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Cited by 34 publications
(14 citation statements)
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“…Recently, there have been some debates as to what degree of WSS or large WSS gradients is contributory to the onset of plaque formation and rupture at the same time. Various studies have gone into explaining how regions are differentiated into varying degrees of WSS and link their implications to vessel narrowing [3,32,14,36]. It is widely available in these literatures that atherosclerotic plaques are located at low WSS and wall pressure gradient (WPG) regions, and it is accepted that local hemodynamic forces play an important role in the formation and rupture of atherosclerotic plaques.…”
Section: Introductionmentioning
confidence: 99%
“…Recently, there have been some debates as to what degree of WSS or large WSS gradients is contributory to the onset of plaque formation and rupture at the same time. Various studies have gone into explaining how regions are differentiated into varying degrees of WSS and link their implications to vessel narrowing [3,32,14,36]. It is widely available in these literatures that atherosclerotic plaques are located at low WSS and wall pressure gradient (WPG) regions, and it is accepted that local hemodynamic forces play an important role in the formation and rupture of atherosclerotic plaques.…”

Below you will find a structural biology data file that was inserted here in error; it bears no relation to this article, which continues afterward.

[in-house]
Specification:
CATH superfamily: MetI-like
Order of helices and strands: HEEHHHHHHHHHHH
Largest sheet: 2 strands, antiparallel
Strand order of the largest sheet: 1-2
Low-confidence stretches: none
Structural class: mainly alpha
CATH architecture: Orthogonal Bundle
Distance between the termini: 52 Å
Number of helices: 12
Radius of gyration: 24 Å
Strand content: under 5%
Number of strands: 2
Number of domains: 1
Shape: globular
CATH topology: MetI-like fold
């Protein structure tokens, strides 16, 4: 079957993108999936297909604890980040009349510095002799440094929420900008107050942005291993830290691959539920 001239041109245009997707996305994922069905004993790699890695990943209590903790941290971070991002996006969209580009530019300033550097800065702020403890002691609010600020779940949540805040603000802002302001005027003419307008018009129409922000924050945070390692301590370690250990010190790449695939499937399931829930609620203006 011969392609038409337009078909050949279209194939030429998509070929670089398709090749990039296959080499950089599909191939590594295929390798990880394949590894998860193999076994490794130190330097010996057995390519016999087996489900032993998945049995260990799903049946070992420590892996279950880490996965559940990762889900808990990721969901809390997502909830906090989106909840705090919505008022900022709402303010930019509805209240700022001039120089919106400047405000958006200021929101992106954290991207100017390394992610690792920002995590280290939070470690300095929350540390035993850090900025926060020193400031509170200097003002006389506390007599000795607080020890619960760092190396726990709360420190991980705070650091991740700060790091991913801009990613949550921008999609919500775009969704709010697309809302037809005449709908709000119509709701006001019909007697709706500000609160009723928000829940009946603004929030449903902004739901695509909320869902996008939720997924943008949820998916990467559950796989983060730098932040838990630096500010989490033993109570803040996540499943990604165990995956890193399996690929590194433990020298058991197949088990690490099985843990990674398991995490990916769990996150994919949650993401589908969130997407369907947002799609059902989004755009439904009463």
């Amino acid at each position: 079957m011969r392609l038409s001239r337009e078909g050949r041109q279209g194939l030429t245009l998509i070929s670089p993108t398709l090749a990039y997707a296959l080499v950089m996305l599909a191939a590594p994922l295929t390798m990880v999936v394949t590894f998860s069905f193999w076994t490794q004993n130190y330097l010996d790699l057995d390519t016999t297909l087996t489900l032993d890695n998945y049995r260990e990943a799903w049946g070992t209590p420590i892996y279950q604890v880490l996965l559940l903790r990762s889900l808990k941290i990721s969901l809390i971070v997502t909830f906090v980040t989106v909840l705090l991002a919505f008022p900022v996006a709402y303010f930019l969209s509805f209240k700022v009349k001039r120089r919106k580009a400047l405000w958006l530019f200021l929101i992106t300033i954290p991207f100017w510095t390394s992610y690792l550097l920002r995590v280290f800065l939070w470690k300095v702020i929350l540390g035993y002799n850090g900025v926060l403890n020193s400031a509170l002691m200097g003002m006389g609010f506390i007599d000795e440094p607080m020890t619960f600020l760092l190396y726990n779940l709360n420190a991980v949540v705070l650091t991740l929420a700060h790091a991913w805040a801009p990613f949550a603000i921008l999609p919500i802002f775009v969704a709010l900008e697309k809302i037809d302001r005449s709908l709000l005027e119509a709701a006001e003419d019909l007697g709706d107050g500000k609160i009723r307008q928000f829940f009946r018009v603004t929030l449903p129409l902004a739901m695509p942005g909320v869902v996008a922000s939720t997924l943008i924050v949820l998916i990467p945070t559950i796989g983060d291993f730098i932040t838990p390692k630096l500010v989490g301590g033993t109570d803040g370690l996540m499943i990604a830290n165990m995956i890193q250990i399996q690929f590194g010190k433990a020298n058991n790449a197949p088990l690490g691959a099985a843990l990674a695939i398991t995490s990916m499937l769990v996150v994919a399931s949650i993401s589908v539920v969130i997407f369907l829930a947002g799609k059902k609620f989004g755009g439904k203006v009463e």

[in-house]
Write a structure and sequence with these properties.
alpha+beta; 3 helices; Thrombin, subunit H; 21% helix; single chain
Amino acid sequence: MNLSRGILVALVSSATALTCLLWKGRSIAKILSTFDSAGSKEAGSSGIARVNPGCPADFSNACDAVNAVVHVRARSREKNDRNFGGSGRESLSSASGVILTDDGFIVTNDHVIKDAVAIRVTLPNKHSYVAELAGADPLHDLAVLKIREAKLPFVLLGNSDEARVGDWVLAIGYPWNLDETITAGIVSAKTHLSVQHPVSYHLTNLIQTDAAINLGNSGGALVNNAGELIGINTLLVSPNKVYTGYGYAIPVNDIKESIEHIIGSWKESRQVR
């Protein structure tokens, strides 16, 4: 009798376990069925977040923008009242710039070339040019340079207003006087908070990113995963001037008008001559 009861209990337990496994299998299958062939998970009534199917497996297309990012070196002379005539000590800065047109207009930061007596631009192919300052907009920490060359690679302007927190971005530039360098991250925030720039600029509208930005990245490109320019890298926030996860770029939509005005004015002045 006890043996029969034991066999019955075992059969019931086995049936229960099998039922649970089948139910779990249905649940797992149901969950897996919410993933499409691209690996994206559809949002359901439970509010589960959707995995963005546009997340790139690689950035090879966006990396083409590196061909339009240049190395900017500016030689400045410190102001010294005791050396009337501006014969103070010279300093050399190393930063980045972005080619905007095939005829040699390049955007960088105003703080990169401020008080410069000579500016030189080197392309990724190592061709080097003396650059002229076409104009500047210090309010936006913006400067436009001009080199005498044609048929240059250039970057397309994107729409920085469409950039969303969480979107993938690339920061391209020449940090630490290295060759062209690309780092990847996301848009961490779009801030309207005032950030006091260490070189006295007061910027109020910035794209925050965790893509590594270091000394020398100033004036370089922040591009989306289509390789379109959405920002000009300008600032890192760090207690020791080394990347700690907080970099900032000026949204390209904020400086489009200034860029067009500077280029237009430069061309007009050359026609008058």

Section: Introductionmentioning
confidence: 99%
“…In addition, the motion had more drastic changes on shear rate during systole. 18 Schilt et al 25 experimentally investigated the effects of time-varying curvature in a uniformly curved tube. Their in vitro model utilized a flexible curved tube through which fluid flowed under a steady imposed pressure gradient.…”
Section: Introductionmentioning
confidence: 99%
“…The results showed that the axial velocity profile was skewed towards the outer wall due to the curvature and was controlled in shape by the dynamics of the curvature change. 25 More recent studies on coronary artery movement have taken a computational fluid dynamics (CFD) modeling approach. In one such CFD model, Santamarina et al studied the significance of dynamic curvature changes on the flow-induced shear stresses on the coronary artery walls.…”
Section: Introductionmentioning
confidence: 99%
“…Murata, Miyake & Inaba (1976) studied steady flow in pipes with zero torsion and non-uniform curvature, and found that the Reynolds number affects the position of the maximum axial velocity. Other features that have been studied include arterial movement (Lynch, Waters & Pedley 1996;Schilt et al 1996;Waters 1996), taper (Grotberg 1984), bifurcation, and elasticity (see the review by Pedley 1995).…”
Section: Introductionmentioning
confidence: 99%